Divorce Soars in Rural America

Families look very different amid shift in values
By Matt Cantor,  Newser User
Posted Mar 24, 2011 8:29 AM CDT
Democratic presidential hopeful Sen. Hillary Rodham Clinton, D-N.Y., left, speaks during the Woodbury County Labor Day Picnic in Sioux City, Iowa, Monday, Sept. 3, 2007.   (AP Photo/Charlie Neibergall)
camera-icon View 1 more image

(Newser) – An Iowa county’s divorce rate today is almost seven times what it was in the 1970s, and it’s symptomatic of a wide-ranging trend: For the first time in history, rural Americans are as likely as urbanites to be divorced, the New York Times finds in a look at Census data. The shift accompanies a number of other changes, including greater independence for women, more of whom are working. “In the bottom ranks, men have lost ground and women have gained,” says a professor.

In some ways, Sioux County remains highly traditional: 80% of residents are members of a major denomination church, versus 36% nationwide. But “a blue-collar guy has less to offer today than he did in 1979,” the expert notes. That can “create a mismatch between expectation and reality” that drives women to exit marriages—particularly as the stigma against divorce weakens. Meanwhile, the county is shifting in other ways: McDonald’s has arrived, young people are leaving, and education has become a clear dividing line: those who attended college are more likely to marry and stay married than those who didn’t.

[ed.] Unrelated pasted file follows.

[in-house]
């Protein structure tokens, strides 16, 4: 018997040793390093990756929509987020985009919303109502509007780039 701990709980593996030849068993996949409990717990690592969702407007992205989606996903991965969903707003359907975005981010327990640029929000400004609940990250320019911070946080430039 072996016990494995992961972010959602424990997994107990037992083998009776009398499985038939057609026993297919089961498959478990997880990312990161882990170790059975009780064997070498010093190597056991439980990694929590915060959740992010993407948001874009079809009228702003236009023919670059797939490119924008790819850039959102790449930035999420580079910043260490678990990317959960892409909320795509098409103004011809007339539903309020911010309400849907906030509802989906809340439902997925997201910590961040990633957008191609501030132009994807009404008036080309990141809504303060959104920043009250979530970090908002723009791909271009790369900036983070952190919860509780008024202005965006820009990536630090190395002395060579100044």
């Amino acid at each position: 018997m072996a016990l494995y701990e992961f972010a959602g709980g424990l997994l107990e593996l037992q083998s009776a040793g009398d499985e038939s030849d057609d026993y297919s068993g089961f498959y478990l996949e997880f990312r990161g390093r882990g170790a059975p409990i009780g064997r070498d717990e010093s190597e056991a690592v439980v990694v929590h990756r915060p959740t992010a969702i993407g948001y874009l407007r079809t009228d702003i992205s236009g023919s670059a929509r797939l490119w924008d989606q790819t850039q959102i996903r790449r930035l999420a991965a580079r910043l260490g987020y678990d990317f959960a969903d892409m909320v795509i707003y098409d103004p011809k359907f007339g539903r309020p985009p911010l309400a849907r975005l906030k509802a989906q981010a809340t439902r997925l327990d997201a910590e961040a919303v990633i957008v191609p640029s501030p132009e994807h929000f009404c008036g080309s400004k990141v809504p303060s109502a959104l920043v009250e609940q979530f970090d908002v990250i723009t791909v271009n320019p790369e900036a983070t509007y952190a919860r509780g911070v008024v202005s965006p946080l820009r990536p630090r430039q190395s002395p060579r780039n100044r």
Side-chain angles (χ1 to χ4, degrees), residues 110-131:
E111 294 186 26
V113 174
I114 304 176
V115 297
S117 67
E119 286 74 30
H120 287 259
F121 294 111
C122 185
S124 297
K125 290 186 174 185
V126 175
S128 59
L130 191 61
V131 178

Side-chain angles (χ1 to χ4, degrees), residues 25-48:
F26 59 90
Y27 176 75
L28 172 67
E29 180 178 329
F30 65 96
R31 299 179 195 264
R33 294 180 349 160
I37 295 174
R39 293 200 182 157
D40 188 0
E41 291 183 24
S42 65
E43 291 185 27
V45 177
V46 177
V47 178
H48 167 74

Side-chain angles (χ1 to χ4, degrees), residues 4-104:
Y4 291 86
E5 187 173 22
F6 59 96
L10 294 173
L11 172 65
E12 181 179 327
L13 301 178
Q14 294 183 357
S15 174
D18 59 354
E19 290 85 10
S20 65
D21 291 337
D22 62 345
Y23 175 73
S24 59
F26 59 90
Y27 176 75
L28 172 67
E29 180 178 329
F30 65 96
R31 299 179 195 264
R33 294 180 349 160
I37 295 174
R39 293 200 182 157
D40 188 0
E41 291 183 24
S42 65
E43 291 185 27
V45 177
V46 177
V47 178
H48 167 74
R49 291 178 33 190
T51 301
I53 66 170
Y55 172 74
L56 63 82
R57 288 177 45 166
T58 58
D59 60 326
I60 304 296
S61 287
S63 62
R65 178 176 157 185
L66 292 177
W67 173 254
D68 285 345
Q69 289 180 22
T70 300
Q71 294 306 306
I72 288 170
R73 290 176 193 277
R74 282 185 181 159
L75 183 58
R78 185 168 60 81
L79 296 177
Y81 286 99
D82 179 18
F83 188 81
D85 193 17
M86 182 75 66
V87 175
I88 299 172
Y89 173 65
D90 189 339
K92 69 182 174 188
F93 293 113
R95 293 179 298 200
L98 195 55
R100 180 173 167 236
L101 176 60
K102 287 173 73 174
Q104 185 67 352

My Take on This Story
Show results without voting  |